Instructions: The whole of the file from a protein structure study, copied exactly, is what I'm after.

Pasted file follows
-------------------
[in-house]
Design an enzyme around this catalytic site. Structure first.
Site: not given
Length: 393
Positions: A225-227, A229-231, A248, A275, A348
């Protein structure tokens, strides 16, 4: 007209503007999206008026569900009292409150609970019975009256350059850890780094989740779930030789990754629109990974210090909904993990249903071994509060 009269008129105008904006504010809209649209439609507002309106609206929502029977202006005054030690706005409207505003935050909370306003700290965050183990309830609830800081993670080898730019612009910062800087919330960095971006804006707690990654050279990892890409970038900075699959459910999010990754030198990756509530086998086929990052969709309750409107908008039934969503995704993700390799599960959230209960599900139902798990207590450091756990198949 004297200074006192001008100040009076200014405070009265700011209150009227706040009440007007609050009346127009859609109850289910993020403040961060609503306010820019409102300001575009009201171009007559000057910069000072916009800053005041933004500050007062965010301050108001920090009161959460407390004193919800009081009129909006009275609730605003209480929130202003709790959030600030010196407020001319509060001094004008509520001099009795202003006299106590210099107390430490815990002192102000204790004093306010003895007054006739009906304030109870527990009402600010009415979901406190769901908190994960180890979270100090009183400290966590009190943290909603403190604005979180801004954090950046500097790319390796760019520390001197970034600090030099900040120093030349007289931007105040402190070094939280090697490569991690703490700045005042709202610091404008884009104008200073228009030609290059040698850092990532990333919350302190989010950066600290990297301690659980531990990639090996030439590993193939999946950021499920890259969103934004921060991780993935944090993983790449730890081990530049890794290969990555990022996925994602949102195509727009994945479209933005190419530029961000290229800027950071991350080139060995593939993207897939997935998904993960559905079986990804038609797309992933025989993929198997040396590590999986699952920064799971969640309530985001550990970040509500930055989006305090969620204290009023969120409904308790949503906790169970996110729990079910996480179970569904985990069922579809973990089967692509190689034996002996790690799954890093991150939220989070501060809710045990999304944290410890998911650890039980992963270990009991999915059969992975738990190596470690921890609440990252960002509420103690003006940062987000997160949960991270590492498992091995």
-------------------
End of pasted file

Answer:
[in-house]
Design an enzyme around this catalytic site. Structure first.
Site: not given
Length: 393
Positions: A225-227, A229-231, A248, A275, A348
């Protein structure tokens, strides 16, 4: 007209503007999206008026569900009292409150609970019975009256350059850890780094989740779930030789990754629109990974210090909904993990249903071994509060 009269008129105008904006504010809209649209439609507002309106609206929502029977202006005054030690706005409207505003935050909370306003700290965050183990309830609830800081993670080898730019612009910062800087919330960095971006804006707690990654050279990892890409970038900075699959459910999010990754030198990756509530086998086929990052969709309750409107908008039934969503995704993700390799599960959230209960599900139902798990207590450091756990198949 004297200074006192001008100040009076200014405070009265700011209150009227706040009440007007609050009346127009859609109850289910993020403040961060609503306010820019409102300001575009009201171009007559000057910069000072916009800053005041933004500050007062965010301050108001920090009161959460407390004193919800009081009129909006009275609730605003209480929130202003709790959030600030010196407020001319509060001094004008509520001099009795202003006299106590210099107390430490815990002192102000204790004093306010003895007054006739009906304030109870527990009402600010009415979901406190769901908190994960180890979270100090009183400290966590009190943290909603403190604005979180801004954090950046500097790319390796760019520390001197970034600090030099900040120093030349007289931007105040402190070094939280090697490569991690703490700045005042709202610091404008884009104008200073228009030609290059040698850092990532990333919350302190989010950066600290990297301690659980531990990639090996030439590993193939999946950021499920890259969103934004921060991780993935944090993983790449730890081990530049890794290969990555990022996925994602949102195509727009994945479209933005190419530029961000290229800027950071991350080139060995593939993207897939997935998904993960559905079986990804038609797309992933025989993929198997040396590590999986699952920064799971969640309530985001550990970040509500930055989006305090969620204290009023969120409904308790949503906790169970996110729990079910996480179970569904985990069922579809973990089967692509190689034996002996790690799954890093991150939220989070501060809710045990999304944290410890998911650890039980992963270990009991999915059969992975738990190596470690921890609440990252960002509420103690003006940062987000997160949960991270590492498992091995």